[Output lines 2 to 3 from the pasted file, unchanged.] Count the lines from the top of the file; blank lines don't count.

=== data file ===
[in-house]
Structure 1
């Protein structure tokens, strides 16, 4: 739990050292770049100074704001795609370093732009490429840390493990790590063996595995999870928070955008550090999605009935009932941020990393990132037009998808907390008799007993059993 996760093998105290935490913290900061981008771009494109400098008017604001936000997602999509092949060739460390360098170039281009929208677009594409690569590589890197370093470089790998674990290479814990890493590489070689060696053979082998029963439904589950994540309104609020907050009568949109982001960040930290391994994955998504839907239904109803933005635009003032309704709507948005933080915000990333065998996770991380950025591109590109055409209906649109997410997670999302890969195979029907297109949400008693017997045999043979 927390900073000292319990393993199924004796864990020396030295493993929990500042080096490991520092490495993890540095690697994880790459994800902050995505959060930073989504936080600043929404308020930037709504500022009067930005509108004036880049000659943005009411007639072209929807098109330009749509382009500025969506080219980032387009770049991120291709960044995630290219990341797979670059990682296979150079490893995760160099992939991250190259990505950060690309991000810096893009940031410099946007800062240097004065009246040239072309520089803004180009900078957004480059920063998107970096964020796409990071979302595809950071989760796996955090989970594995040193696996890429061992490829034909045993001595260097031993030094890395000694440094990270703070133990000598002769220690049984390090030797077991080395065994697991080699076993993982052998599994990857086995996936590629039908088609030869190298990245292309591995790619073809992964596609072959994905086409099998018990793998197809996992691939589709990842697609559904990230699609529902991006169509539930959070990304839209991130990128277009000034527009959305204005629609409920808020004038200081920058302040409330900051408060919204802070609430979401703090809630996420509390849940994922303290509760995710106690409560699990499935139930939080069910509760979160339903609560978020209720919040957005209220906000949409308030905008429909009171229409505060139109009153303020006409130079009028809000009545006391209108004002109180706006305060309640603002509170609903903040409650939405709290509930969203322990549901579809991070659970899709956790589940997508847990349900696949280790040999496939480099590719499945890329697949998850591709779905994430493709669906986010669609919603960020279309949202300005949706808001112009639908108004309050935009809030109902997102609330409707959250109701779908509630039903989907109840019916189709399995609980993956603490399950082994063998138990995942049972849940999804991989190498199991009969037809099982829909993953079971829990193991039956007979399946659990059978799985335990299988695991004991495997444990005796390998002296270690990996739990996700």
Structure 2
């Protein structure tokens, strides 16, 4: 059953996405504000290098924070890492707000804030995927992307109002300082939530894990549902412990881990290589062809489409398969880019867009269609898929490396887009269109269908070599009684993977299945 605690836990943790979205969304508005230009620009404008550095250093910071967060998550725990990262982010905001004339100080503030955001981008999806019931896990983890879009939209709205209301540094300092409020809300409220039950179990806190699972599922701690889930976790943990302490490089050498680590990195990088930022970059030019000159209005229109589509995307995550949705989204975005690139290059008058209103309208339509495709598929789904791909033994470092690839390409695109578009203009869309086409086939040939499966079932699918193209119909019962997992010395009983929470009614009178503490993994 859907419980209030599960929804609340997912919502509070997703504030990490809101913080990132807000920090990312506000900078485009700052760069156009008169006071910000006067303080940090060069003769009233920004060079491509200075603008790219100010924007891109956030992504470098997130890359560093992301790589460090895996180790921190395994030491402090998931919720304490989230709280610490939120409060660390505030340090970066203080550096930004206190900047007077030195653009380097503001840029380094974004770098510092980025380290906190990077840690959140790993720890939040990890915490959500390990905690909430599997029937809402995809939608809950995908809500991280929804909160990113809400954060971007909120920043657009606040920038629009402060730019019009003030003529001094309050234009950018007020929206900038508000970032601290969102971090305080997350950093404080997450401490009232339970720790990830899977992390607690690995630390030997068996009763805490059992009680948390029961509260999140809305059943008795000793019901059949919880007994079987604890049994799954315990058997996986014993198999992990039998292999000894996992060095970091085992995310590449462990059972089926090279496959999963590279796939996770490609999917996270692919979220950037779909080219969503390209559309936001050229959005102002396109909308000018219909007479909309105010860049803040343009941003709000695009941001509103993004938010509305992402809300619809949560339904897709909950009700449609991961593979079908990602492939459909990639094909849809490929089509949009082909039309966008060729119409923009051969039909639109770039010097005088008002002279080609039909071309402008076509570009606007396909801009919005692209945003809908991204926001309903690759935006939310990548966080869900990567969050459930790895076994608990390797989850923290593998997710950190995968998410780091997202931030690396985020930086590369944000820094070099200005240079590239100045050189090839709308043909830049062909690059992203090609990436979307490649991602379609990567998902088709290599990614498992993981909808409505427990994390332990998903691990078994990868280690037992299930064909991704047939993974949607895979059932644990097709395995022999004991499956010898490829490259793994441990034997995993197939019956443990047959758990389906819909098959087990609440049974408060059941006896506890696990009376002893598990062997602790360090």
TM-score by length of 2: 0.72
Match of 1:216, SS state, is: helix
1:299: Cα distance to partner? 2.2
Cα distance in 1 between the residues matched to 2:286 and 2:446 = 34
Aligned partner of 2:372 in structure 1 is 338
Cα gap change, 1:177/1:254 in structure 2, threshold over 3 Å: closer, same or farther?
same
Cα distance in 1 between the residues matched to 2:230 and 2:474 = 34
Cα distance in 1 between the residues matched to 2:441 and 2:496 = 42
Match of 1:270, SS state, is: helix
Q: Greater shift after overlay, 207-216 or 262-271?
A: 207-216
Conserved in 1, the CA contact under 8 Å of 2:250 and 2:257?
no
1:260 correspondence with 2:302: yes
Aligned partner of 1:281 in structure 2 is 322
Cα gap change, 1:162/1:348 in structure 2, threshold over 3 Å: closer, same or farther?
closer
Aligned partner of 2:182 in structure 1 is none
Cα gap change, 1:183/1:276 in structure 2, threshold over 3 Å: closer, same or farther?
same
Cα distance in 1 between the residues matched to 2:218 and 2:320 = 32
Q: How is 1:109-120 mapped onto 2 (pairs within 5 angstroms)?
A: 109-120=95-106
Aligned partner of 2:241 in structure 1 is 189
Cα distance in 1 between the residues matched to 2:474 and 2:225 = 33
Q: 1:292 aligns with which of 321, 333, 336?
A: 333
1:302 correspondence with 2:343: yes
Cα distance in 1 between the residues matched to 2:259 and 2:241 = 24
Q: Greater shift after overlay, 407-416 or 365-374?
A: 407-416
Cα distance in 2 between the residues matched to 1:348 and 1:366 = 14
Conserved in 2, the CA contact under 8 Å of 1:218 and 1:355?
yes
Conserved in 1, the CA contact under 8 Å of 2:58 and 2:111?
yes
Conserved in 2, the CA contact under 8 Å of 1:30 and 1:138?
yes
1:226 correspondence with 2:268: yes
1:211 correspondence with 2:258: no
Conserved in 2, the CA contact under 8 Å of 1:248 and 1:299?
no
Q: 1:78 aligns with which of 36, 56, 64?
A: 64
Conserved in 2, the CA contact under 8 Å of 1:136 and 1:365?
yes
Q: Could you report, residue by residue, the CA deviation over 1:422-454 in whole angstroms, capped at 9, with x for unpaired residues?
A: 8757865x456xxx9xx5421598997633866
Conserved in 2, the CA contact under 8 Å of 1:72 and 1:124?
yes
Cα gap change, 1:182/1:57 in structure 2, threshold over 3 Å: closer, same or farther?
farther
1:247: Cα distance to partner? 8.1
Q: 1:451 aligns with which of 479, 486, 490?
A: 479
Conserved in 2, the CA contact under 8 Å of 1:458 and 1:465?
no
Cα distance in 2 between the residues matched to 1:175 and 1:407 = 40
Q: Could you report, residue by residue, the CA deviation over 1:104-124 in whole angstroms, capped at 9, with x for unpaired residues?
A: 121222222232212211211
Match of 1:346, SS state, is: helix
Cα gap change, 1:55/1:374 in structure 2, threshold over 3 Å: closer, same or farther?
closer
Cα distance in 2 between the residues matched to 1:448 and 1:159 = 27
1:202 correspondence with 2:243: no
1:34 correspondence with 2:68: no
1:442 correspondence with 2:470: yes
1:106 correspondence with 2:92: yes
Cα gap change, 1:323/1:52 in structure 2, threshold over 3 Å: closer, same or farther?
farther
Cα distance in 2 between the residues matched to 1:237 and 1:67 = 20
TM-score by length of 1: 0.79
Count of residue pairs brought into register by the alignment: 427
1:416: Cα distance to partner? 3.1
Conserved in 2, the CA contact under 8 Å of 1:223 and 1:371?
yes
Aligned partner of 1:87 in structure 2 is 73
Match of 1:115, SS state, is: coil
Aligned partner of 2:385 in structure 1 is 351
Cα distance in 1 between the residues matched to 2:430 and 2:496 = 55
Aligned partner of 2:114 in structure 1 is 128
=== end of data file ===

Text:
Structure 1
């Protein structure tokens, strides 16, 4: 739990050292770049100074704001795609370093732009490429840390493990790590063996595995999870928070955008550090999605009935009932941020990393990132037009998808907390008799007993059993 996760093998105290935490913290900061981008771009494109400098008017604001936000997602999509092949060739460390360098170039281009929208677009594409690569590589890197370093470089790998674990290479814990890493590489070689060696053979082998029963439904589950994540309104609020907050009568949109982001960040930290391994994955998504839907239904109803933005635009003032309704709507948005933080915000990333065998996770991380950025591109590109055409209906649109997410997670999302890969195979029907297109949400008693017997045999043979 927390900073000292319990393993199924004796864990020396030295493993929990500042080096490991520092490495993890540095690697994880790459994800902050995505959060930073989504936080600043929404308020930037709504500022009067930005509108004036880049000659943005009411007639072209929807098109330009749509382009500025969506080219980032387009770049991120291709960044995630290219990341797979670059990682296979150079490893995760160099992939991250190259990505950060690309991000810096893009940031410099946007800062240097004065009246040239072309520089803004180009900078957004480059920063998107970096964020796409990071979302595809950071989760796996955090989970594995040193696996890429061992490829034909045993001595260097031993030094890395000694440094990270703070133990000598002769220690049984390090030797077991080395065994697991080699076993993982052998599994990857086995996936590629039908088609030869190298990245292309591995790619073809992964596609072959994905086409099998018990793998197809996992691939589709990842697609559904990230699609529902991006169509539930959070990304839209991130990128277009000034527009959305204005629609409920808020004038200081920058302040409330900051408060919204802070609430979401703090809630996420509390849940994922303290509760995710106690409560699990499935139930939080069910509760979160339903609560978020209720919040957005209220906000949409308030905008429909009171229409505060139109009153303020006409130079009028809000009545006391209108004002109180706006305060309640603002509170609903903040409650939405709290509930969203322990549901579809991070659970899709956790589940997508847990349900696949280790040999496939480099590719499945890329697949998850591709779905994430493709669906986010669609919603960020279309949202300005949706808001112009639908108004309050935009809030109902997102609330409707959250109701779908509630039903989907109840019916189709399995609980993956603490399950082994063998138990995942049972849940999804991989190498199991009969037809099982829909993953079971829990193991039956007979399946659990059978799985335990299988695991004991495997444990005796390998002296270690990996739990996700």